Publishers Weekly - Publishers Weekly
This charming picture book debut consists of four brief, rhymed vignettes that depict mischievous animals taking turns taunting a timid bowler-hatted human (who resembles a pauper cousin to Monopoly's rich Uncle Pennybags). In Horowitz's tale, the monkey on the man's back is no metaphor: the curious creature clings to the fellow, discovers a fungus (represented by silhouette images of mushrooms run riot) and, on the next page, the primate towers over the man and the typeface grows bulbous to demonstrate "a monkey humongous." Next, a hippopotamus "hops a bus" to Hippotropolis, where he occupies the now-vacant position on the man's back. The arrival of a scaly green monster (who stands sassily, hands on hips) sends everyone scurrying. But an empty costume box ("Awfully Kreepy") soon reveals that this is just another primate prank. Horowitz's staccato rhymes work well in tandem with his bold mixed-media collages in colored corrugated paper and charcoal pencil, which convey much visual humor. A standout depicts the stupefied man holding the jovial hippo aloft alongside the phrase "A hippopotamus on top of us." This foray into monkey business will elicit a large share of laughter. Ages 3-6. (May) Copyright 2004 Reed Business Information.
A happy little monkey gleefully plays tricks on his animal friends as he frolics through the pages of this picture book. Bright, bold colors mirror staccato rhymes that give the story its feeling of movement. The cut paper and colored pencil illustrations add depth to the visual element of the book, making the pictures seem to jump off the page. Young children will quickly pick up on the beat and rhythm of the words and be able to "read" the story back to their parents and teachers. This playful story is an entertaining example of rhyme and sure to please the very young. 2004, HarperFestival/HarperCollins, Ages 3 to 6.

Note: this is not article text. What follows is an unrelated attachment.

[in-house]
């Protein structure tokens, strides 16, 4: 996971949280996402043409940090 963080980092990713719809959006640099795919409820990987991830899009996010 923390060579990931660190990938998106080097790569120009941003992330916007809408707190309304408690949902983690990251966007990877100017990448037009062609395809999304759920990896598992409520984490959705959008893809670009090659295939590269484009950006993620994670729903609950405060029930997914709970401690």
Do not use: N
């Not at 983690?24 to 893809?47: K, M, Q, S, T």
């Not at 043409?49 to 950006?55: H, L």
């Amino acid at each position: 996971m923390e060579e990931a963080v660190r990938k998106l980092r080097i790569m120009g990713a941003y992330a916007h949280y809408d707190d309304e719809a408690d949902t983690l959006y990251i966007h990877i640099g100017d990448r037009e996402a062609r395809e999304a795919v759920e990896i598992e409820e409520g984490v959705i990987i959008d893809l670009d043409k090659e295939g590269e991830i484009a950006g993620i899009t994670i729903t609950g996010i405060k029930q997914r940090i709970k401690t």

School Library Journal - School Library Journal
PreS-Gr 1-This picture book features wordplay about a monkey, a hippopotamus, and a giraffe. While the text is exceedingly brief, the vocabulary is not uniformly simple, and beginning readers will struggle with such words as "imposter" and "fungus." Both the rhyme and the wit are uninspired ("A monster imposter"; "The bad giraffe laughs"), and the rhythm is uneven, resulting in a choppy quality. The cartoon artwork is bright and child-friendly (sharp eyes may observe that the man in the black hat appears to have only one ear, which then disappears), and the bold, black type is eye-catching. However, children are unlikely to find the story itself compelling. From this book, it's very clear that nonsensical wordplay does not always amuse.-Robyn Walker, Elgin Court Public School, St. Thomas, Ontario, Canada Copyright 2004 Reed Business Information.
Rambunctious wordplay and big, stylized, Chris Raschka-like illustrations are the order of the day in this jazzy debut. Accompanied by just a few big words per spread, a rubber-limbed monkey, hippo, and giraffe use a dapper gent with a bowler and small mustache as a foil in a variety of minimally rendered settings: "A hippopotamus. / A hippopotamus hops a bus . . . / all the way to Hippotropolis. / A hippopotamus on top of us." The art and text both are, or are made to look like, construction-paper collages, with an occasional bit of crayon work added; like the captions, the bright colors play off each other in lively, spontaneous ways. A brief but engaging showcase, not too abstract for younger listeners and viewers to enjoy. (Picture book. 4-6)